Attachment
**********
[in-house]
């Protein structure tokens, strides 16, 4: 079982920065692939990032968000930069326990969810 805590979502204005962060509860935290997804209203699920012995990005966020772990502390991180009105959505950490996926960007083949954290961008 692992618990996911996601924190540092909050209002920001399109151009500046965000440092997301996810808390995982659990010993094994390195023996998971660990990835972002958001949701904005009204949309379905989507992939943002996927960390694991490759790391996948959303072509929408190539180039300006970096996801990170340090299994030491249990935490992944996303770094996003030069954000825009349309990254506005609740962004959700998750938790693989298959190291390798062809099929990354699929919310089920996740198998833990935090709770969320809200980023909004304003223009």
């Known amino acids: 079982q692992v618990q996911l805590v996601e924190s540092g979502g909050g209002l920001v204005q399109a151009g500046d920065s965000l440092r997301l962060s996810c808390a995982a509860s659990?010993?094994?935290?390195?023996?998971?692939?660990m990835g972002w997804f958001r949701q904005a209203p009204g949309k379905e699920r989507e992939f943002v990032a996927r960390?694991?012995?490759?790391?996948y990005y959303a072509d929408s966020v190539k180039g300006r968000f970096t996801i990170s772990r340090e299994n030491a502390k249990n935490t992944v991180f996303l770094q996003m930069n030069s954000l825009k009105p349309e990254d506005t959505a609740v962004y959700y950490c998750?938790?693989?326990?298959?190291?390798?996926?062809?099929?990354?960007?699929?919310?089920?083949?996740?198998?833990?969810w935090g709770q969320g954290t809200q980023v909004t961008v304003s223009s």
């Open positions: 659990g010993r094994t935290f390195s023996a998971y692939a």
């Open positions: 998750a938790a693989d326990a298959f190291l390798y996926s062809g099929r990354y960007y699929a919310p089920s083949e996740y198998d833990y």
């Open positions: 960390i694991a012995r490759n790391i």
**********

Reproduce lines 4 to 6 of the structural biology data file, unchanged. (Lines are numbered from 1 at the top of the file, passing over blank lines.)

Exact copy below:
């Open positions: 659990g010993r094994t935290f390195s023996a998971y692939a």
């Open positions: 998750a938790a693989d326990a298959f190291l390798y996926s062809g099929r990354y960007y699929a919310p089920s083949e996740y198998d833990y």
């Open positions: 960390i694991a012995r490759n790391i």